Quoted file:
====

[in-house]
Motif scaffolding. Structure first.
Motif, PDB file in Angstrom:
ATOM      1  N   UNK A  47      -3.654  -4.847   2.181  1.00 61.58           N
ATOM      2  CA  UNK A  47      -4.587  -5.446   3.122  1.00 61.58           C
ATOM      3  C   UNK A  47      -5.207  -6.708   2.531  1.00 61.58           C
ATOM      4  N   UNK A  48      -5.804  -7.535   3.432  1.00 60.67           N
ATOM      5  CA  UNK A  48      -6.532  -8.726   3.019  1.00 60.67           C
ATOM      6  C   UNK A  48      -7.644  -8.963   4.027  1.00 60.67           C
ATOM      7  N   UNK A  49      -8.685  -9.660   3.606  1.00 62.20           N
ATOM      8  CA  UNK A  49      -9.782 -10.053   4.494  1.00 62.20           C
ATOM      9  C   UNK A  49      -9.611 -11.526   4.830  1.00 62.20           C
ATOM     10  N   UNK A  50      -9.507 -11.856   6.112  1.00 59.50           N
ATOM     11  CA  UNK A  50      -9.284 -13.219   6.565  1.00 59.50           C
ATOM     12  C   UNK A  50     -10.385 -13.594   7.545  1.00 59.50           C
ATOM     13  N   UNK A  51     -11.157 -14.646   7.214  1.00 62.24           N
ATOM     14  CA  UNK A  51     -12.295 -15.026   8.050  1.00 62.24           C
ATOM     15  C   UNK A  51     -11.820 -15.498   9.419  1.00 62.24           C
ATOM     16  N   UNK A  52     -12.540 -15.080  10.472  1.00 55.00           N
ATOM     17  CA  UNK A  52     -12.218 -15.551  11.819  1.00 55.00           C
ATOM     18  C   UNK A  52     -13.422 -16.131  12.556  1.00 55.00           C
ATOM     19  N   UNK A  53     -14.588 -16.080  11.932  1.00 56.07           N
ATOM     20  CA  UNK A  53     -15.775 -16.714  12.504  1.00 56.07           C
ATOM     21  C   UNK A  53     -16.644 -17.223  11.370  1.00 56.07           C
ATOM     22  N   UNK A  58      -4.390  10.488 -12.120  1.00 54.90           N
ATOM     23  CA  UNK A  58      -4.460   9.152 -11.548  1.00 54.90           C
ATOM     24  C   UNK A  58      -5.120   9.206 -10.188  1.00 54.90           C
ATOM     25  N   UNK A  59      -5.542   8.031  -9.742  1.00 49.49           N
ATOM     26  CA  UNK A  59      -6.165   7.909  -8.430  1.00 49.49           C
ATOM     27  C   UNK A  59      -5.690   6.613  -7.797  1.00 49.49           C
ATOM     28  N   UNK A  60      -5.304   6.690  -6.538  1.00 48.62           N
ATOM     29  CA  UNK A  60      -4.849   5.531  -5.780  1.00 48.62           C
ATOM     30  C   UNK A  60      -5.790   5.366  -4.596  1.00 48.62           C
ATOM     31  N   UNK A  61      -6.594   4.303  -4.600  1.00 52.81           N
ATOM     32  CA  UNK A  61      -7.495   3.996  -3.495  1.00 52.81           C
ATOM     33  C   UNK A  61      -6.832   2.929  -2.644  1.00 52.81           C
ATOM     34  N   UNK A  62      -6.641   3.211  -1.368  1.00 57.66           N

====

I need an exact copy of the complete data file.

[in-house]
Motif scaffolding. Structure first.
Motif, PDB file in Angstrom:
ATOM      1  N   UNK A  47      -3.654  -4.847   2.181  1.00 61.58           N
ATOM      2  CA  UNK A  47      -4.587  -5.446   3.122  1.00 61.58           C
ATOM      3  C   UNK A  47      -5.207  -6.708   2.531  1.00 61.58           C
ATOM      4  N   UNK A  48      -5.804  -7.535   3.432  1.00 60.67           N
ATOM      5  CA  UNK A  48      -6.532  -8.726   3.019  1.00 60.67           C
ATOM      6  C   UNK A  48      -7.644  -8.963   4.027  1.00 60.67           C
ATOM      7  N   UNK A  49      -8.685  -9.660   3.606  1.00 62.20           N
ATOM      8  CA  UNK A  49      -9.782 -10.053   4.494  1.00 62.20           C
ATOM      9  C   UNK A  49      -9.611 -11.526   4.830  1.00 62.20           C
ATOM     10  N   UNK A  50      -9.507 -11.856   6.112  1.00 59.50           N
ATOM     11  CA  UNK A  50      -9.284 -13.219   6.565  1.00 59.50           C
ATOM     12  C   UNK A  50     -10.385 -13.594   7.545  1.00 59.50           C
ATOM     13  N   UNK A  51     -11.157 -14.646   7.214  1.00 62.24           N
ATOM     14  CA  UNK A  51     -12.295 -15.026   8.050  1.00 62.24           C
ATOM     15  C   UNK A  51     -11.820 -15.498   9.419  1.00 62.24           C
ATOM     16  N   UNK A  52     -12.540 -15.080  10.472  1.00 55.00           N
ATOM     17  CA  UNK A  52     -12.218 -15.551  11.819  1.00 55.00           C
ATOM     18  C   UNK A  52     -13.422 -16.131  12.556  1.00 55.00           C
ATOM     19  N   UNK A  53     -14.588 -16.080  11.932  1.00 56.07           N
ATOM     20  CA  UNK A  53     -15.775 -16.714  12.504  1.00 56.07           C
ATOM     21  C   UNK A  53     -16.644 -17.223  11.370  1.00 56.07           C
ATOM     22  N   UNK A  58      -4.390  10.488 -12.120  1.00 54.90           N
ATOM     23  CA  UNK A  58      -4.460   9.152 -11.548  1.00 54.90           C
ATOM     24  C   UNK A  58      -5.120   9.206 -10.188  1.00 54.90           C
ATOM     25  N   UNK A  59      -5.542   8.031  -9.742  1.00 49.49           N
ATOM     26  CA  UNK A  59      -6.165   7.909  -8.430  1.00 49.49           C
ATOM     27  C   UNK A  59      -5.690   6.613  -7.797  1.00 49.49           C
ATOM     28  N   UNK A  60      -5.304   6.690  -6.538  1.00 48.62           N
ATOM     29  CA  UNK A  60      -4.849   5.531  -5.780  1.00 48.62           C
ATOM     30  C   UNK A  60      -5.790   5.366  -4.596  1.00 48.62           C
ATOM     31  N   UNK A  61      -6.594   4.303  -4.600  1.00 52.81           N
ATOM     32  CA  UNK A  61      -7.495   3.996  -3.495  1.00 52.81           C
ATOM     33  C   UNK A  61      -6.832   2.929  -2.644  1.00 52.81           C
ATOM     34  N   UNK A  62      -6.641   3.211  -1.368  1.00 57.66           N